Journal article

Observations of air–sea heat fluxes in the southwestern Atlantic under high-frequency ocean and atmospheric perturbations


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Publication Details

Author list: Santini MF, Souza RB, Pezzi LP, Swart S.

Publisher: Wiley: 12 months

Publication year: 2020

Journal: Quarterly Journal of the Royal Meteorological Society

Journal name: Quarterly Journal of the Royal Meteorological Society

Volume number: 146

Issue number: 733

Start page: 4226

End page: 4251

Total number of pages: 26

ISSN: 0035-9009

eISSN: 1477-870X

URL: https://www.scopus.com/inward/record.uri?partnerID=HzOxMe3b&scp=85092110011&origin=inward


Abstract

Turbulent air–sea heat fluxes were computed from in situ high‐frequency micrometeorological data during two research cruises performed in the southwestern Atlantic Ocean (SWAO) occurring in June 2012 and October 2014. Two different and dynamical areas were covered by the cruises: the Brazil‐Malvinas Confluence (BMC) and the Southern Brazilian Continental Shelf (SBCS). The eddy covariance (EC) method was used to estimate the air–sea sensible‐ and latent‐heat fluxes. This article compares these novel high‐frequency estimates of heat fluxes with bulk parametrizations made at the same location and time from independent measurements taken on board the ships. When comparing the EC and bulk‐estimated time series of sensible‐heat fluxes, we found a good agreement both in their magnitude and variability, with small bias (generally <20 W·m−2) between the datasets from the two study areas in the SWAO. However, the EC and bulk latent‐heat flux comparisons show large biases ranging from 75 W·m−2 to 100 W·m−2 in the SBCS and BMC, respectively. These biases were always associated with short‐term, high‐frequency environmental perturbations occurring either in the atmosphere or in the ocean with the majority related to strong wind burst events and large air–sea temperature gradients. The short period changes in atmospheric conditions were mostly related to the passage of transient synoptic systems over the two study areas. The large air–sea temperature gradients were mostly linked to the surface characteristics of the BMC and SBCS regions, where sharp oceanographic fronts are located. Our results are able to contribute to improving weather and climate simulations of the mid‐ to high latitudes of South America, a region largely influenced by the sea‐surface temperature patterns of the SWAO in combination with the frequent propagation of transient atmospheric systems.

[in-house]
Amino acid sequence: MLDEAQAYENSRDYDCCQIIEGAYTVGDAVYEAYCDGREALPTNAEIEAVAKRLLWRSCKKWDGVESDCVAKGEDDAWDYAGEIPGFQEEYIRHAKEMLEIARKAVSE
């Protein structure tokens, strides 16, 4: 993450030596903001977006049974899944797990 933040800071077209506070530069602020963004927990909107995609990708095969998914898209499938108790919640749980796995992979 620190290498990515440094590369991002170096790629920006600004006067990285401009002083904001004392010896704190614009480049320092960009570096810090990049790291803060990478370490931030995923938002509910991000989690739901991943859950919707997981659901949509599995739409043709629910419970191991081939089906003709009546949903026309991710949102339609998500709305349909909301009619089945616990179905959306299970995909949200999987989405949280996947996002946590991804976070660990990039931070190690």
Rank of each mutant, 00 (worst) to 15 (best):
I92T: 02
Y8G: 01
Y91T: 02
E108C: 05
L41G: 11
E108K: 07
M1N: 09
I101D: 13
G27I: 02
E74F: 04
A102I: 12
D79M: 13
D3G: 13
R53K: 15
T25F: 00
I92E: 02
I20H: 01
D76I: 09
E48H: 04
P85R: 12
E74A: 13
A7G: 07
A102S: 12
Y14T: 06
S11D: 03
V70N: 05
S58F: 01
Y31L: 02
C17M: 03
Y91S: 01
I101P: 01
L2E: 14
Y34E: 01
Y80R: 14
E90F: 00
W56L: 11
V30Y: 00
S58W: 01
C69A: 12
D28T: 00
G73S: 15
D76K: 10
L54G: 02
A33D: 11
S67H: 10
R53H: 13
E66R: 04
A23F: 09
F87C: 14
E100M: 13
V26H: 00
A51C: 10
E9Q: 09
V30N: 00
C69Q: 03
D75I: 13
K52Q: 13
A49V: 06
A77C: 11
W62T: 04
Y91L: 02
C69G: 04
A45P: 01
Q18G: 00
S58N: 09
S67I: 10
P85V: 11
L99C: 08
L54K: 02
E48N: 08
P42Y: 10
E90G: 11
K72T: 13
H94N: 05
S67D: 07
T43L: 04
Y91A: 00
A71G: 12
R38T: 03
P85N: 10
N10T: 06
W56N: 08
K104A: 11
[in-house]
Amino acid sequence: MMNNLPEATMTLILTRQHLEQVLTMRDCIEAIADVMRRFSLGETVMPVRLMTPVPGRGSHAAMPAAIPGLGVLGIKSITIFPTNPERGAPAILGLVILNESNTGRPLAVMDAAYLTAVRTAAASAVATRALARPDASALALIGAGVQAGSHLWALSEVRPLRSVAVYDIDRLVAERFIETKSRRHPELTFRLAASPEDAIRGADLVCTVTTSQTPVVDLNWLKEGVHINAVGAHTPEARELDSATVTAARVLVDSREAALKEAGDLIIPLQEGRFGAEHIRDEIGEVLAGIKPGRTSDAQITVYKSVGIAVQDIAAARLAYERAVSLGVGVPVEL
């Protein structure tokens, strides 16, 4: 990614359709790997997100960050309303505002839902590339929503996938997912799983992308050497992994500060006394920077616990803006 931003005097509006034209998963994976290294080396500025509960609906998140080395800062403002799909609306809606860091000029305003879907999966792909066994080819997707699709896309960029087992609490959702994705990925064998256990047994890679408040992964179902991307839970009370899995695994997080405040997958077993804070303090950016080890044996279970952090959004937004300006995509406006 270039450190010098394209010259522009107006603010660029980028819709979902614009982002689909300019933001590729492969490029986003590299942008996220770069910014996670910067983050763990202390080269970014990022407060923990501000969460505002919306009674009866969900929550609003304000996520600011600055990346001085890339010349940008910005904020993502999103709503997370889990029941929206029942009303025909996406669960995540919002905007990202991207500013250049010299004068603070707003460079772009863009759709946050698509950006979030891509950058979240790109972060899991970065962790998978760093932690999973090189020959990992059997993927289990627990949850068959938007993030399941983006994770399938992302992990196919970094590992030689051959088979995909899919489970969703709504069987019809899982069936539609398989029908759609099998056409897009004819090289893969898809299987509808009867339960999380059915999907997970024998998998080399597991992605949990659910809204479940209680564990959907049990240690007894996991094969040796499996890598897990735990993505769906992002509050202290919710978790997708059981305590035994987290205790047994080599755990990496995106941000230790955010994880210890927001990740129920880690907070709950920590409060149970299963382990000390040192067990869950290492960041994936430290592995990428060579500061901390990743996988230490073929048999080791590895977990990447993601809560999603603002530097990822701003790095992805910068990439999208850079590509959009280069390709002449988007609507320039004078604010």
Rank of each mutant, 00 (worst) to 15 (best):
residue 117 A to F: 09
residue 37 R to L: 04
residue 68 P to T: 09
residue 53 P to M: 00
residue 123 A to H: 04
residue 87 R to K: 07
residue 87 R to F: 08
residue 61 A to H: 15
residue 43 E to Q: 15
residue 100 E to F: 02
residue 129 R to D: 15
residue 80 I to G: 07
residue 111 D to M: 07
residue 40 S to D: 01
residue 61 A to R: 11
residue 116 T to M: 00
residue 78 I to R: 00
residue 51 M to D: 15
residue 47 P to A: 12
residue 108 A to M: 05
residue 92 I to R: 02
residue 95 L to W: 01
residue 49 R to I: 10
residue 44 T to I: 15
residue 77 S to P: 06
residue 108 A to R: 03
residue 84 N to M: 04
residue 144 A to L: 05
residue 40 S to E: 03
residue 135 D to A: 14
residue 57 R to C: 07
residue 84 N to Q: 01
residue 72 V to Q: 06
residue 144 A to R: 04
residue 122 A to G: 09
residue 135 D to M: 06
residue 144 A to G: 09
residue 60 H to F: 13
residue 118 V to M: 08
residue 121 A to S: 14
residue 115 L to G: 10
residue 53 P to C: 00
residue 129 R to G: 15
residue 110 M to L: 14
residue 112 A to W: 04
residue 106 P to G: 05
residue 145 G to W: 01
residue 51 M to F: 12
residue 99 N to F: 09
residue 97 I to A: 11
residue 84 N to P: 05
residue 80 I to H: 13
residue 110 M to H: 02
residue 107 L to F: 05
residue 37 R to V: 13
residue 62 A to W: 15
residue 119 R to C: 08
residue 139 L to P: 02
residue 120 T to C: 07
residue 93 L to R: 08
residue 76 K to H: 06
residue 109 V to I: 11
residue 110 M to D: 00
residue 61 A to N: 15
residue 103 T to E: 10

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Last updated on 2021-17-03 at 11:29